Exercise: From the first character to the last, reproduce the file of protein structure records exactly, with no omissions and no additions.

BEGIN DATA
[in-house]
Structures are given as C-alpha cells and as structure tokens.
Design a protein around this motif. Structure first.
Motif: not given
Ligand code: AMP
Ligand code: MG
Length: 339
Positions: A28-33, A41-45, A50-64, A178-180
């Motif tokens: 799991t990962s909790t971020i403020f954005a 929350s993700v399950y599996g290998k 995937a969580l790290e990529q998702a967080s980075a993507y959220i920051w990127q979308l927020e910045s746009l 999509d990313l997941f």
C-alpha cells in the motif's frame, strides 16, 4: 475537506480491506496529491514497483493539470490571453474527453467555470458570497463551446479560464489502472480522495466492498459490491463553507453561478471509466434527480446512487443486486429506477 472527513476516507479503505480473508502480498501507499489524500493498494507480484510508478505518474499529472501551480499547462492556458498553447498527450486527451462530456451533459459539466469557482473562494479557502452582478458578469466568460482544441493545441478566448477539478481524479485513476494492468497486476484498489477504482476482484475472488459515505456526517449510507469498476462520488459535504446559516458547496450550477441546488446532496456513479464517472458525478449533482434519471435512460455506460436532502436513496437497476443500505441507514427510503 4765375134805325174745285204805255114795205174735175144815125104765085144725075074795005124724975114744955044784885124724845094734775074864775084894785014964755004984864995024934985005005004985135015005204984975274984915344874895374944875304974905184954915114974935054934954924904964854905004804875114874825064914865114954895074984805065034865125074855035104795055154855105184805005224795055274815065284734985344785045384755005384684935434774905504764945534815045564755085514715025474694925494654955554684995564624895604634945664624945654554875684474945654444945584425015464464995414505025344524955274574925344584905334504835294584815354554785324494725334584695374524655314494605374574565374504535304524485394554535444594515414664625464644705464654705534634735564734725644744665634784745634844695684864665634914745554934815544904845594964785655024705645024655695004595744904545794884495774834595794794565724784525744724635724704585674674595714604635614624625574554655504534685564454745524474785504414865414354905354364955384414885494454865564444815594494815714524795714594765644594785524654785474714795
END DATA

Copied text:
[in-house]
Structures are given as C-alpha cells and as structure tokens.
Design a protein around this motif. Structure first.
Motif: not given
Ligand code: AMP
Ligand code: MG
Length: 339
Positions: A28-33, A41-45, A50-64, A178-180
């Motif tokens: 799991t990962s909790t971020i403020f954005a 929350s993700v399950y599996g290998k 995937a969580l790290e990529q998702a967080s980075a993507y959220i920051w990127q979308l927020e910045s746009l 999509d990313l997941f």
C-alpha cells in the motif's frame, strides 16, 4: 475537506480491506496529491514497483493539470490571453474527453467555470458570497463551446479560464489502472480522495466492498459490491463553507453561478471509466434527480446512487443486486429506477 472527513476516507479503505480473508502480498501507499489524500493498494507480484510508478505518474499529472501551480499547462492556458498553447498527450486527451462530456451533459459539466469557482473562494479557502452582478458578469466568460482544441493545441478566448477539478481524479485513476494492468497486476484498489477504482476482484475472488459515505456526517449510507469498476462520488459535504446559516458547496450550477441546488446532496456513479464517472458525478449533482434519471435512460455506460436532502436513496437497476443500505441507514427510503 4765375134805325174745285204805255114795205174735175144815125104765085144725075074795005124724975114744955044784885124724845094734775074864775084894785014964755004984864995024934985005005004985135015005204984975274984915344874895374944875304974905184954915114974935054934954924904964854905004804875114874825064914865114954895074984805065034865125074855035104795055154855105184805005224795055274815065284734985344785045384755005384684935434774905504764945534815045564755085514715025474694925494654955554684995564624895604634945664624945654554875684474945654444945584425015464464995414505025344524955274574925344584905334504835294584815354554785324494725334584695374524655314494605374574565374504535304524485394554535444594515414664625464644705464654705534634735564734725644744665634784745634844695684864665634914745554934815544904845594964785655024705645024655695004595744904545794884495774834595794794565724784525744724635724704585674674595714604635614624625574554655504534685564454745524474785504414865414354905354364955384414885494454865564444815594494815714524795714594765644594785524654785474714795